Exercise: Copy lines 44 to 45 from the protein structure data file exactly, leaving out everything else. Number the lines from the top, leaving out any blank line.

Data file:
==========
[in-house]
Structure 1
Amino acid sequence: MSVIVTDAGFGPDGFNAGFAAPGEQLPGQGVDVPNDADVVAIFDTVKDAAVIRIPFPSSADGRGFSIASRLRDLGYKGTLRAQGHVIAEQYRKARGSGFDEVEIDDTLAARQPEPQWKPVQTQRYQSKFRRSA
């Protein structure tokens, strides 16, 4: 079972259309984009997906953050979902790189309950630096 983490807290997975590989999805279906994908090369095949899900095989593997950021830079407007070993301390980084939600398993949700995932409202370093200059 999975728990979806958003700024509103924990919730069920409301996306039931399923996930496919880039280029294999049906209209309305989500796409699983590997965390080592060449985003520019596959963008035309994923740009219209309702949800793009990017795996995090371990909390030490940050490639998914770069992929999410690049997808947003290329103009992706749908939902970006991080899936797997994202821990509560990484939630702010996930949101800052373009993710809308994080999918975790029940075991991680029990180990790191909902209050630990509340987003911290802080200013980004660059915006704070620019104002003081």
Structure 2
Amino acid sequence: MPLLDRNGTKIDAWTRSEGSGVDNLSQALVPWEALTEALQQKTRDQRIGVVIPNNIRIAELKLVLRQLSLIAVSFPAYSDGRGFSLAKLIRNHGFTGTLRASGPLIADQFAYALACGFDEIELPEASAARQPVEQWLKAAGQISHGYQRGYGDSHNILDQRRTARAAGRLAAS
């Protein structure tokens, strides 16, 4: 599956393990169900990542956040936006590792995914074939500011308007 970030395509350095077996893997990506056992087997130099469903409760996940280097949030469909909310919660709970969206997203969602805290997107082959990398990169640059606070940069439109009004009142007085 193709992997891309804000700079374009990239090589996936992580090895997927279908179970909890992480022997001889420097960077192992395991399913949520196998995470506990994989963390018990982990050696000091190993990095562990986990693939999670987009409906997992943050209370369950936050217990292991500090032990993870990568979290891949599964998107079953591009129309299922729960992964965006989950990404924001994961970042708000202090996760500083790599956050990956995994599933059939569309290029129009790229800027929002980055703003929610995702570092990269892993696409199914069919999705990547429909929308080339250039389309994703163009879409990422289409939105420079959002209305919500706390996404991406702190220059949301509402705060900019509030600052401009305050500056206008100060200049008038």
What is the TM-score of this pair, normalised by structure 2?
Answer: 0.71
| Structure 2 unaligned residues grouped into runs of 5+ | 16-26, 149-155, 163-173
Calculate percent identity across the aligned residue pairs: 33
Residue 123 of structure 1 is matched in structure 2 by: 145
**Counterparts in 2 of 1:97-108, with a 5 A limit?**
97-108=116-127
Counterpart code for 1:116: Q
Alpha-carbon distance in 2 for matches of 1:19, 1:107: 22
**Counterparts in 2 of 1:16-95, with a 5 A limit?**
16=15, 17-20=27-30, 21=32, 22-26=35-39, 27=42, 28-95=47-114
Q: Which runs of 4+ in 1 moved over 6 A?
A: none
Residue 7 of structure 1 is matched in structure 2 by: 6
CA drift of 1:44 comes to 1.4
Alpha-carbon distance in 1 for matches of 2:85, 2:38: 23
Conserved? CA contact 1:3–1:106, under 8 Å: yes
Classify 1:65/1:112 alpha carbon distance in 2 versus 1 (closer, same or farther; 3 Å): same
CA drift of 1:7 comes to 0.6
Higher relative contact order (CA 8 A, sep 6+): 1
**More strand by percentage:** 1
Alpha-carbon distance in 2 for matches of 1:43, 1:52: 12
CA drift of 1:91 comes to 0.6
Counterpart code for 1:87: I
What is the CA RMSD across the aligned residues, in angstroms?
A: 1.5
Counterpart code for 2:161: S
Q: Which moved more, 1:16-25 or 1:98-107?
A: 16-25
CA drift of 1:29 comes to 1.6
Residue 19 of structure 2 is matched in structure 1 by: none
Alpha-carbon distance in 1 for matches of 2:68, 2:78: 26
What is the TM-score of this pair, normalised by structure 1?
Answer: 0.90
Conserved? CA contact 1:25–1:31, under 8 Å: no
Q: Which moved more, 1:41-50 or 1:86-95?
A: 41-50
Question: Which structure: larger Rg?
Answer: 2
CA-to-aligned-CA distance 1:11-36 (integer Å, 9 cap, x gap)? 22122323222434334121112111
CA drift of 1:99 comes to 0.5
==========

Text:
A: 41-50
Question: Which structure: larger Rg?